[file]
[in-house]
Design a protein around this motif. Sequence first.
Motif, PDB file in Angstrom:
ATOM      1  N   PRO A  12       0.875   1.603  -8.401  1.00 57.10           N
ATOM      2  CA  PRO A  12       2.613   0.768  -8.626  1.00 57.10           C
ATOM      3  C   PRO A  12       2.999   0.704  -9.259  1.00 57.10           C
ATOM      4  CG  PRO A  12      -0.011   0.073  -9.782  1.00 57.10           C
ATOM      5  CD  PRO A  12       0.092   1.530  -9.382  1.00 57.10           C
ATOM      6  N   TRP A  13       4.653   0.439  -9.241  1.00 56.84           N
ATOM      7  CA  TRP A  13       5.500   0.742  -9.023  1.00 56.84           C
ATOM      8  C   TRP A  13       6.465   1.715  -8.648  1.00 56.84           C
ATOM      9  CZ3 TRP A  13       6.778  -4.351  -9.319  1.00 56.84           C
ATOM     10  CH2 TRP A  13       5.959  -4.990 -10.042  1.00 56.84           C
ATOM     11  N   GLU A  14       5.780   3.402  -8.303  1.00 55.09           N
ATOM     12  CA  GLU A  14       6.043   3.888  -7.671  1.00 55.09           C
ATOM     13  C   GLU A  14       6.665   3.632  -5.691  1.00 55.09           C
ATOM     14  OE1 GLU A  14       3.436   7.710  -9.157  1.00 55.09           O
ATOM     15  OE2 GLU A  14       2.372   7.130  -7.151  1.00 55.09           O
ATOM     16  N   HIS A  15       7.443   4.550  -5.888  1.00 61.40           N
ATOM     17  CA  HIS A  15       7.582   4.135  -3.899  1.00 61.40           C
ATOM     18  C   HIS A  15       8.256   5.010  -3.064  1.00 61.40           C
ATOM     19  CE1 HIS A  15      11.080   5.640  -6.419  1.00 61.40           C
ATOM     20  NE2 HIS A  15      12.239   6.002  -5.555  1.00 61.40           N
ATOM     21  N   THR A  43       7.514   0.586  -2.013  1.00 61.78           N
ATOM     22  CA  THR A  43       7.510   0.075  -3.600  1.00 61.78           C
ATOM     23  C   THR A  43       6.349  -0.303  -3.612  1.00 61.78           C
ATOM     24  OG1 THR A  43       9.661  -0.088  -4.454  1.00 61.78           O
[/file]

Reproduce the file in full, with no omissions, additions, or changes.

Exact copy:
[in-house]
Design a protein around this motif. Sequence first.
Motif, PDB file in Angstrom:
ATOM      1  N   PRO A  12       0.875   1.603  -8.401  1.00 57.10           N
ATOM      2  CA  PRO A  12       2.613   0.768  -8.626  1.00 57.10           C
ATOM      3  C   PRO A  12       2.999   0.704  -9.259  1.00 57.10           C
ATOM      4  CG  PRO A  12      -0.011   0.073  -9.782  1.00 57.10           C
ATOM      5  CD  PRO A  12       0.092   1.530  -9.382  1.00 57.10           C
ATOM      6  N   TRP A  13       4.653   0.439  -9.241  1.00 56.84           N
ATOM      7  CA  TRP A  13       5.500   0.742  -9.023  1.00 56.84           C
ATOM      8  C   TRP A  13       6.465   1.715  -8.648  1.00 56.84           C
ATOM      9  CZ3 TRP A  13       6.778  -4.351  -9.319  1.00 56.84           C
ATOM     10  CH2 TRP A  13       5.959  -4.990 -10.042  1.00 56.84           C
ATOM     11  N   GLU A  14       5.780   3.402  -8.303  1.00 55.09           N
ATOM     12  CA  GLU A  14       6.043   3.888  -7.671  1.00 55.09           C
ATOM     13  C   GLU A  14       6.665   3.632  -5.691  1.00 55.09           C
ATOM     14  OE1 GLU A  14       3.436   7.710  -9.157  1.00 55.09           O
ATOM     15  OE2 GLU A  14       2.372   7.130  -7.151  1.00 55.09           O
ATOM     16  N   HIS A  15       7.443   4.550  -5.888  1.00 61.40           N
ATOM     17  CA  HIS A  15       7.582   4.135  -3.899  1.00 61.40           C
ATOM     18  C   HIS A  15       8.256   5.010  -3.064  1.00 61.40           C
ATOM     19  CE1 HIS A  15      11.080   5.640  -6.419  1.00 61.40           C
ATOM     20  NE2 HIS A  15      12.239   6.002  -5.555  1.00 61.40           N
ATOM     21  N   THR A  43       7.514   0.586  -2.013  1.00 61.78           N
ATOM     22  CA  THR A  43       7.510   0.075  -3.600  1.00 61.78           C
ATOM     23  C   THR A  43       6.349  -0.303  -3.612  1.00 61.78           C
ATOM     24  OG1 THR A  43       9.661  -0.088  -4.454  1.00 61.78           O